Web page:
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Humanities

At the core of our curriculum is the belief that children learn better when their interests and fascinations are allowed to flourish, they are given opportunities to develop a secure sense of identity, belonging and connectedness with the past. The delivery of the Humanities subjects (History and Geography) are intrinsic to and woven through the Cornerstones Imaginative Learning Projects (ILPs) for every year group. These projects are consistently delivered, across all phases, in four stages; Engage, Develop, Innovate, Express.

History

Our history curriculum aims to inspire our pupils’ curiosity to know more about the past. History helps pupils to understand the process of change, the diversity of societies as well as their own identity and the challenges of their time.

Our history curriculum will equip the children to ask perceptive questions, think critically, weigh evidence, sift arguments and develop perspective and judgement.

Aims

The National Curriculum for History aims to ensure that all pupils:

  • know and understand the history of these islands as a coherent, chronological narrative, from the earliest times to the present day: how people's lives have shaped this nation and how Britain has influenced and been influenced by the wider world
  • know and understand significant aspects of the history of the wider world: the nature of ancient civilisations; the expansion and dissolution of empires; characteristic features of past non-European societies; achievements and follies of mankind
  • gain and deploy a historically-grounded understanding of abstract terms such as empire, civilisation, parliament and peasantry
  • understand historical concepts such as continuity and change, cause and consequence, similarity, difference and significance and use them to make connections, draw contrasts, analyse trends, frame historically-valid questions and create their own structured accounts, including written narratives and analyses
  • understand the methods of historical enquiry, including how evidence is used rigorously to make historical claims, and discern how and why contrasting arguments and interpretations of the past have been constructed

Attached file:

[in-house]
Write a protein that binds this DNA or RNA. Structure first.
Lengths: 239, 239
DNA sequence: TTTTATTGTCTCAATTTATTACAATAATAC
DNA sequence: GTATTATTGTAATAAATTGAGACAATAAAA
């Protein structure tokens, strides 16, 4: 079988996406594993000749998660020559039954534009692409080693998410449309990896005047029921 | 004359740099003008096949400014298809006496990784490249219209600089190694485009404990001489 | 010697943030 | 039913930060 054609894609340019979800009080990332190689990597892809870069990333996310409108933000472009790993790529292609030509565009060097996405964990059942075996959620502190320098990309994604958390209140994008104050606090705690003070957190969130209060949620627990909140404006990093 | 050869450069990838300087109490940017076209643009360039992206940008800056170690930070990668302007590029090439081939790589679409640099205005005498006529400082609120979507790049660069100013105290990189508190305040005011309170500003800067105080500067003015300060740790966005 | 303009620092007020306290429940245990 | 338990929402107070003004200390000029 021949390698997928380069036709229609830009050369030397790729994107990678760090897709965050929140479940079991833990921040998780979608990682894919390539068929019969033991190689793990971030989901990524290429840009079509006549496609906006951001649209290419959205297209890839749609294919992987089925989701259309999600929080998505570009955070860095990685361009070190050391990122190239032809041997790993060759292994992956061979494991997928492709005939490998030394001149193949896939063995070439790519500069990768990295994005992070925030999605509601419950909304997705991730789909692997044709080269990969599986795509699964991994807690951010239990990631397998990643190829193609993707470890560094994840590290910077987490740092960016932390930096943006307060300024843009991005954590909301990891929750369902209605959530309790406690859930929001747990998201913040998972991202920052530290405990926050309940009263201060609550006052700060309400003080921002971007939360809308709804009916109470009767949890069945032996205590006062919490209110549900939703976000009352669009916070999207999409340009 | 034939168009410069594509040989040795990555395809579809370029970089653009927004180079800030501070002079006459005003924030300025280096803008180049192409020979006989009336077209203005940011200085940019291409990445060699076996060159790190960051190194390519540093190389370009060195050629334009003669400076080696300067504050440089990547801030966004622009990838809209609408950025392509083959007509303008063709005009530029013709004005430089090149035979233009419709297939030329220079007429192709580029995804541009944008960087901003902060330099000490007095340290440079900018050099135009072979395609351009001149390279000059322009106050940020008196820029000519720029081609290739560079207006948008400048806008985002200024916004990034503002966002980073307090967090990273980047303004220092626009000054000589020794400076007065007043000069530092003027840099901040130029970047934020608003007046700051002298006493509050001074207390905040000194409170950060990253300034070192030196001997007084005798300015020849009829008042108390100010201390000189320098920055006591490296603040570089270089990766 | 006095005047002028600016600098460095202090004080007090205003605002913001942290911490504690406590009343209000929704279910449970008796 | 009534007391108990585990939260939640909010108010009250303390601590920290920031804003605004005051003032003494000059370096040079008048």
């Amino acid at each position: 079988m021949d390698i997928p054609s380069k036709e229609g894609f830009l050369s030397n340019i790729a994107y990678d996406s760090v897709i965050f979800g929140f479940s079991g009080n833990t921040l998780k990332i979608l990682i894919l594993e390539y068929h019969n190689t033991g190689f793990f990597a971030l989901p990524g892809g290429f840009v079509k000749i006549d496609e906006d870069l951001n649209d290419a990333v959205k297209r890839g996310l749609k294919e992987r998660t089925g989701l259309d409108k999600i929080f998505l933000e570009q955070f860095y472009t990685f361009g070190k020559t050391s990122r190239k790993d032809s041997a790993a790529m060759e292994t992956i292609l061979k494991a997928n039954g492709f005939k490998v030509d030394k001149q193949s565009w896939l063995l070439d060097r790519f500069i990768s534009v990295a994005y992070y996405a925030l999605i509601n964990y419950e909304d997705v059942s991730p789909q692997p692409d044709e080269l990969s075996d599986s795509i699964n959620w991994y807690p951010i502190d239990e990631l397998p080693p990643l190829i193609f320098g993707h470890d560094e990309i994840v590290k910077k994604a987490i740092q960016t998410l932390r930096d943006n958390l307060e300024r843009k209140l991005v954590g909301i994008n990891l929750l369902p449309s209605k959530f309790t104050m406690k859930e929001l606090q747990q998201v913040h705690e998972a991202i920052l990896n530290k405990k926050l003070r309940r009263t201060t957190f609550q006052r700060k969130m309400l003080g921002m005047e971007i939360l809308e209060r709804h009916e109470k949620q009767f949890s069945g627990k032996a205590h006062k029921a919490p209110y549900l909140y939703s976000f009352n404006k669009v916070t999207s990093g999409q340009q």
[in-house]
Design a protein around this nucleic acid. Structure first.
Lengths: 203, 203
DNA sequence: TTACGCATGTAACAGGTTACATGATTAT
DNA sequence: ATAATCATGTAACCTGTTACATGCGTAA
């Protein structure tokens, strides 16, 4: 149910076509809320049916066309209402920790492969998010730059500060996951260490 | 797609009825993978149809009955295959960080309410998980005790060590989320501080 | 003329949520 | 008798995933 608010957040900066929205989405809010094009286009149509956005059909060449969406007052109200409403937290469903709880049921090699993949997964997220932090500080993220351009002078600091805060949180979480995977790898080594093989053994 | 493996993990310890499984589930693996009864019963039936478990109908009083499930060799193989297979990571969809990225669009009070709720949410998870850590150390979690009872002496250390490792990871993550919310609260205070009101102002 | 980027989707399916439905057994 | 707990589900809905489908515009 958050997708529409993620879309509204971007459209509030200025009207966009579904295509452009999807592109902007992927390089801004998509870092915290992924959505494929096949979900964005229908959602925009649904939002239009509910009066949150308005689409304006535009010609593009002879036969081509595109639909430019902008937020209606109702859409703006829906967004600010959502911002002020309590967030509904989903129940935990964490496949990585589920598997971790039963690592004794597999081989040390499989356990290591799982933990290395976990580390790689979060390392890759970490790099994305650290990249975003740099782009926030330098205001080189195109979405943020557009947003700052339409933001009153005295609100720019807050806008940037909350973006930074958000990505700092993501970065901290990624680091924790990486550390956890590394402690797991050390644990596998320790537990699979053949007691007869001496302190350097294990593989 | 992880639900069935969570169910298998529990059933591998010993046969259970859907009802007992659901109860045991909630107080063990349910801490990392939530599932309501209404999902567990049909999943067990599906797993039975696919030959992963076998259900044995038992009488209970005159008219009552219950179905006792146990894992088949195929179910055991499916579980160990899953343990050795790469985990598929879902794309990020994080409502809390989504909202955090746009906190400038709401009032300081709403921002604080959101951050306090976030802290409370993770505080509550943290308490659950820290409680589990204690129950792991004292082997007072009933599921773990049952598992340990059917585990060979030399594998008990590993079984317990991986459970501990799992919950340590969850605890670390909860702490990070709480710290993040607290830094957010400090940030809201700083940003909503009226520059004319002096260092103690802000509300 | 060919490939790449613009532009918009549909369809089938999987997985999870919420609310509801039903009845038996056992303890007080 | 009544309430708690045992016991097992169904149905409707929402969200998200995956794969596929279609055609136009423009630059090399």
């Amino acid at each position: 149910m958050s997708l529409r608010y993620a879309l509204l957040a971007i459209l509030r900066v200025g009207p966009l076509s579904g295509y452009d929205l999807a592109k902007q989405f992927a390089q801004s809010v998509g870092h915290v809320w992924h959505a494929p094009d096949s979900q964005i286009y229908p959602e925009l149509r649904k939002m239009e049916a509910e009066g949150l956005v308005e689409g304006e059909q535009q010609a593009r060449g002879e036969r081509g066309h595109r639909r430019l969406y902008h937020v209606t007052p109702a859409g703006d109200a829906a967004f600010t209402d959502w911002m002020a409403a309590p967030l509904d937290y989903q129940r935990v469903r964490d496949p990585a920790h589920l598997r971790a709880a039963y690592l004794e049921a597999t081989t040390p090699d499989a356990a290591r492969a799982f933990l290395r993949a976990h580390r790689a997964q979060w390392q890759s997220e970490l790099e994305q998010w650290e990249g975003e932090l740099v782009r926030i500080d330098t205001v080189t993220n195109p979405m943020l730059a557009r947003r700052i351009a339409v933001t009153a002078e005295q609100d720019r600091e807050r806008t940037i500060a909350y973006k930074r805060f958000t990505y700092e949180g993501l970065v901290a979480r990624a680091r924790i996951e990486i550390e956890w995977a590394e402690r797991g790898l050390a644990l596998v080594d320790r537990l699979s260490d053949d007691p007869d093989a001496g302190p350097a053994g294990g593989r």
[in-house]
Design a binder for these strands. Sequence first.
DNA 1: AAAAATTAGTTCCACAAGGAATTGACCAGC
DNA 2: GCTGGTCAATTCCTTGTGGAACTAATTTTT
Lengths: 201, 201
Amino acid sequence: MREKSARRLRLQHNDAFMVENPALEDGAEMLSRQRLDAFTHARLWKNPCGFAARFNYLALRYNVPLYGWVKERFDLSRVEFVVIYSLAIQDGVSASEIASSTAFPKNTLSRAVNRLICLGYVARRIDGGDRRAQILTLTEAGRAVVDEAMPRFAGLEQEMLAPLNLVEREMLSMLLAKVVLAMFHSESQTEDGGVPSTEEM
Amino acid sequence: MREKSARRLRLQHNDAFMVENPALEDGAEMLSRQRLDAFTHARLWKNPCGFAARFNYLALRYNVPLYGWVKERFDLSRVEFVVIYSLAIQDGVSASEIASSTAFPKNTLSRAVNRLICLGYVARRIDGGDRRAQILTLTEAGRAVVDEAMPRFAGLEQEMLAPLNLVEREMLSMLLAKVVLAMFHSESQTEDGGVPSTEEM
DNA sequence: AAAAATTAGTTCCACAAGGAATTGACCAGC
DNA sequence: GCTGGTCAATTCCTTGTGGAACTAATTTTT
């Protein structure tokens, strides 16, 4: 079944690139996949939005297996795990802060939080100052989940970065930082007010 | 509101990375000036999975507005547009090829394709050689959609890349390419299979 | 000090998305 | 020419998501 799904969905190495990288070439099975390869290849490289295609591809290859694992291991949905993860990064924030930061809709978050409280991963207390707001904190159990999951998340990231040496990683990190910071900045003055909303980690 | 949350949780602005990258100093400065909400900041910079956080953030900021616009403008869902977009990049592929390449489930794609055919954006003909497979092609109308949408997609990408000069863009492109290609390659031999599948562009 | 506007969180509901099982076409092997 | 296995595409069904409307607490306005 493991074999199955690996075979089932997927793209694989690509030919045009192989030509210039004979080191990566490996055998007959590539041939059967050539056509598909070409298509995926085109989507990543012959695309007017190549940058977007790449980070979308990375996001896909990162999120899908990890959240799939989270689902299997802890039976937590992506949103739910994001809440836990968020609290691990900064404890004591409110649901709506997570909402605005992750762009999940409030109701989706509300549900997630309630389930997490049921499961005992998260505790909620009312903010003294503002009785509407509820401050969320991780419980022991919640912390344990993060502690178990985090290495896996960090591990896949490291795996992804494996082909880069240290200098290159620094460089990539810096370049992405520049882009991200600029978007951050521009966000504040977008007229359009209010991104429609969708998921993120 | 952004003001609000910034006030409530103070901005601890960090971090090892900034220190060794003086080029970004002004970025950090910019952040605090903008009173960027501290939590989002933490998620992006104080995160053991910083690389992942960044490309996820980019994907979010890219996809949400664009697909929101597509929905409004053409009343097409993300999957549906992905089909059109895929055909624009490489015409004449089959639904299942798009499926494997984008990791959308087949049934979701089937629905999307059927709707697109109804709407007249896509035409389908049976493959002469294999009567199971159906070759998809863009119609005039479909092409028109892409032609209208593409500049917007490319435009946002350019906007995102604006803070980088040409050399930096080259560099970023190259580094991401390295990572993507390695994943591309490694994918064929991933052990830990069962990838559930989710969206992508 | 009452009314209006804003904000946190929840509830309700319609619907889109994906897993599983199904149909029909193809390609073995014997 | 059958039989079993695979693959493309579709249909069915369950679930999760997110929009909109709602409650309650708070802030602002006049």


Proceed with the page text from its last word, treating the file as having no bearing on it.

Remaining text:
• gain historical perspective by placing their growing knowledge into different contexts, understanding the connections between local, regional, national and international history; between cultural, economic, military, political, religious and social history; and between short and long term timescales.

Geography 

We believe it is important to provide ‘Living Geography’ concerned with children’s lives, their futures and their world. Through our curriculum our children will develop a sense of their world at the local, national and global scales understanding the interconnections between how people and the environment interact. Fieldwork is an essential part of this and every child will have a term of forest school linked to their ILP. Pupils learn to think critically, think spatially, use maps, visual images and new technologies, including geographical information systems to analyse and present information. They will have an adept understanding of their responsibilities within their own society whist also having a coherent insight into sustainability of a dynamically changing world.

Aims

The National Curriculum for Geography aims to ensure that all pupils:

  • develop contextual knowledge of the location of globally significant places - both terrestrial and marine - including their defining physical and human characteristics and how these provide geographical context for understanding the actions and processes
  • understand the processes that give rise to key physical and human geographical features of the world, how these are interdependent and how they bring about spatial variation and change over time
  • are competent in the geographical skills needed to:
  1. collect, analyse and communicate with a range of data gathered through experiences of fieldwork that deepen their understanding of geographical processes
  2. interpret a range of sources of geographical information, including maps, diagrams, globes, aerial photographs and Geographical Information Systems (GIS)
  3. communicate geographical information in a variety of ways, including through maps and writing at length.